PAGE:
Elephants are earth’s largest land mammals. African elephants have larger ears than smaller Asian elephants (their ears are actually shaped like the continents they live in). But all live in large female-led family units with mothers, aunties and cute furry little elephants (Asian elephants still live in social female groups, but there is no matriarch). The males (bulls) tend to mate and then live alone for the rest of the time. Elephants have very strong family units. If an elephant dies, the rest of the family will mourn, just like with humans, often for months.
Elephants are amazing, and yet are severely endangered. Although poaching is illegal, trophy hunting continues and elephants are also at great risk from loss of habitat (and therefore food) and people who shoot them, when they try to eat crops of local villagers (one village has installed beehives, using elephants’ natural fear of bees to ironically keep them safe, by deterring them).
Others live miserable lives in zoos and circuses worldwide, when in reality they roam hundreds of miles in matriarchal herds (apart from bull elephants, who tend to roam alone, apart from mating). Earth’s amazing largest land mammals need our help urgently.
Conservationist Lawrence Anthony managed to gain trust of rogue elephants (who hated humans and were about to be shot) and rehabilitated them to the wild. On his death, two herds (who had not visited for 18 months) arrived at his house (a 12-hour journey) and roamed the grounds for 2 days, before returning to the bush.
Elephants live up to 70 years in the wild, and spend most of their time eating (the equivalent of 375 cans of baked beans a day!) Their trunks are not ‘noses’ but more like tongues, which baby elephants have to learn how to use, without tripping over them! They talk in low vibrations and ‘mourn the bones’ of dead elephant friends. Is it true that an elephant never forgets? It does have a large temporal lobe, but poor eyesight means elephants likely remember from smell.
How to Help The Elephants
- Use your vote to elect people serious about global warming. If you don’t vote Green, then at least vote for MPs who don’t vote to stop progressive policies on climate change, logging, fracking etc.
- Reduce your personal carbon footprint to help stop climate change. This is the most helpful long-term way to protect elephant habitats.
- Switch to a green energy company (it only takes 10 minutes). There are quite a few green energy companies now in the UK, and they are as affordable as the big corporate companies.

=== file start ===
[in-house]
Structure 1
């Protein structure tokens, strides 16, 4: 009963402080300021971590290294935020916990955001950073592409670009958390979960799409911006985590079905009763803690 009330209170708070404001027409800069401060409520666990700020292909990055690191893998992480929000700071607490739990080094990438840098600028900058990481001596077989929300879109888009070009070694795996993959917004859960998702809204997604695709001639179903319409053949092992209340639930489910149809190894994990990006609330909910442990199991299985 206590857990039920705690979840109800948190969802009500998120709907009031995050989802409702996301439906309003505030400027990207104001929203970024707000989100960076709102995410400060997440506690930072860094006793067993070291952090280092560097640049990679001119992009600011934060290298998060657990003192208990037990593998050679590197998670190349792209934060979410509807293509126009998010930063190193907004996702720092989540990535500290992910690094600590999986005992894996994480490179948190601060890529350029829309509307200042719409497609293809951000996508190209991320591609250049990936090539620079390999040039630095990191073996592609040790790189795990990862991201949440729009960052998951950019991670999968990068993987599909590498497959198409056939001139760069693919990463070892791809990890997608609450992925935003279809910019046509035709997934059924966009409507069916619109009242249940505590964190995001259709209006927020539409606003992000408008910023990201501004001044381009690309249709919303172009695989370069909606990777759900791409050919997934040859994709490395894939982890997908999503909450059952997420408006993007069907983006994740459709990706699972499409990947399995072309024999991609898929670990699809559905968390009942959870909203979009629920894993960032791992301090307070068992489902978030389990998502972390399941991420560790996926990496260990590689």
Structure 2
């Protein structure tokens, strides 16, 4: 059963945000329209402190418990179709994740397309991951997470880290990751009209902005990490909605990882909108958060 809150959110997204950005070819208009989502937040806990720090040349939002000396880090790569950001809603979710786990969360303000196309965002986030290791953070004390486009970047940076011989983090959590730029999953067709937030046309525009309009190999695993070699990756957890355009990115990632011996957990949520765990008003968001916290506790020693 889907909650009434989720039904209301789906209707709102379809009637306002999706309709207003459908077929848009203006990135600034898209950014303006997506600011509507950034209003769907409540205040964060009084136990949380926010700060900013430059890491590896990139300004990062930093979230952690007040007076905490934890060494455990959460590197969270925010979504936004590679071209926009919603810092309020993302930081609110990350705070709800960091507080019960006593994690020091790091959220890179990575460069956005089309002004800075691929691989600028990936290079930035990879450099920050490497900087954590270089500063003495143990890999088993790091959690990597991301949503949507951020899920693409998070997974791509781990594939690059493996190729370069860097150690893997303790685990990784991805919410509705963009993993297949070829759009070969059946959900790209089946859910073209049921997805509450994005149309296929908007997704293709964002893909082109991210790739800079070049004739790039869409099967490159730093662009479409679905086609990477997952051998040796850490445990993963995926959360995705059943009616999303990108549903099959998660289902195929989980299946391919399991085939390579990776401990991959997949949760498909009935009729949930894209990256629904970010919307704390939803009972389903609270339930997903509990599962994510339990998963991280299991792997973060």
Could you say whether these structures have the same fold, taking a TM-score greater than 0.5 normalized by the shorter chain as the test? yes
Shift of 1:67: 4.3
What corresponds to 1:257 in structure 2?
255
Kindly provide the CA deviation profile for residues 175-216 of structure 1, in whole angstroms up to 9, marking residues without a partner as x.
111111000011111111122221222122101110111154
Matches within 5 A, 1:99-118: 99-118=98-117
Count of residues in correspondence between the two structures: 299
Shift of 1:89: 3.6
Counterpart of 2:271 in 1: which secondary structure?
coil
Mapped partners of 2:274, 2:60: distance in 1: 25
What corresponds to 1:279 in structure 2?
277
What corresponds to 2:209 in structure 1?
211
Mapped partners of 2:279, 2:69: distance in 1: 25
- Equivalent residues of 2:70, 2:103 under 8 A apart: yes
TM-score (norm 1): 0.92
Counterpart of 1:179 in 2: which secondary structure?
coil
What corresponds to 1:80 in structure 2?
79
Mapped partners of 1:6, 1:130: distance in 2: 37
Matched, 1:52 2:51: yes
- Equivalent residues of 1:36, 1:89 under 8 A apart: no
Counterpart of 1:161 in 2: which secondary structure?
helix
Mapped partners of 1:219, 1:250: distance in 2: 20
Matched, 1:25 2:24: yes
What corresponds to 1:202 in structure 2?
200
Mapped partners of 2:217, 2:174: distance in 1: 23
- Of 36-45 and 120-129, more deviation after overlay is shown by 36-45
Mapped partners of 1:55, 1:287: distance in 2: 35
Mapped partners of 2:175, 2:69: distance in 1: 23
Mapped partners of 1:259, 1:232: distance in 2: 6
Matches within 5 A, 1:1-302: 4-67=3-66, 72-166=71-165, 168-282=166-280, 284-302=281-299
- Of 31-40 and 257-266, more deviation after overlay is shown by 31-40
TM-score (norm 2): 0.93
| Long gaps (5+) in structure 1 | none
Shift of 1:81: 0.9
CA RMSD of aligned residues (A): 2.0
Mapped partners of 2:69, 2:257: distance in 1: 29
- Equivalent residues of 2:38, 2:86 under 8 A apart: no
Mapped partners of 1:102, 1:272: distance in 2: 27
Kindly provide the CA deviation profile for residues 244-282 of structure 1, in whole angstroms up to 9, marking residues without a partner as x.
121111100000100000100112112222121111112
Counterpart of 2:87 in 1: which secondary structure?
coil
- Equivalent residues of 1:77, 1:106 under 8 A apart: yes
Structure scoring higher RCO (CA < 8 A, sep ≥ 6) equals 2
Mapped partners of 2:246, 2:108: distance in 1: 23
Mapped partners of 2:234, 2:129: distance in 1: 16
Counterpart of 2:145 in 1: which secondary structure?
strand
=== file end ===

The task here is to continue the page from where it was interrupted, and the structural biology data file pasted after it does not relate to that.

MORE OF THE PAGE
- Elephants should not be in zoos. They are miserable and often too hot. Boycott zoos and donate to a elephant charity instead. You can report concerns of any animals in zoos (or circuses) to Freedom for Animals & Born Free (also take pictures and tell the local police, tour operator & local animal welfare charity).
- Responsible Travel has a list of ‘elephant sanctuaries’ to be wary of, as they are more like glorified zoos.
- Avoid antique ivory (it just encourages illegal markets). You can buy jewellery made from tagua nuts (‘vegetable ivory’).
- Elephant Gin uses profits to help elephant charities.
- You can now even find elephant-friendly tea!
- This greetings card saves elephants, as it’s made by blending recycled paper with elephant dung, which is collected by local villagers, who then make money by looking after elephants that eat crops, instead of harming them. Paper High also sells elephant dung stationary gifts (be careful as some companies use leather notebooks, and others use the money to support zoos, rather than elephant sanctuaries).
Excellent Books about Elephants
- The Last Giants tells the story of why elephants are so endangered
- Elephants by Tom Jackson is a beautiful photographic anthology
- When An Elephant Falls in Love is a lovely children’s story from Italy
- The Elephant is a beautiful children’s book, to educate and inspire
- An Elephant In My Kitchen is a story by Françoise Malby-Anthony, who after the death of conservationist Lawrence Anthony (above) had to continue the sanctuary alone. Dealing with personal grief and poachers, to top it all: the herd’s feisty matriarch didn’t like her (at first!) But she trundled on and ended up caring for a lost baby elephant who turned up at her house, offering refuge to orphaned rhinos and a hippo who was scared of water!
Donate to an Elephant Sanctuary
- Action for Elephants UK lists small effective charities. Register with Everyclick, then sponsors donate, every time you search the web.
- Boon Lott (Thailand) was set up by a Londoner, to help a baby disabled elephant. Katherine married a local – she had elephant bridesmaids, who smothering her dress with mud from their trunks!
- Elephant Nature Park is sanctuary known for its devotion and care. Tiny Treats is a lovely e-book of wholefood vegan desserts (keep sweet foods away from pets). Profits help the sanctuary.
No-one needs an elephant tusk, but an elephant. Thomas Schmidt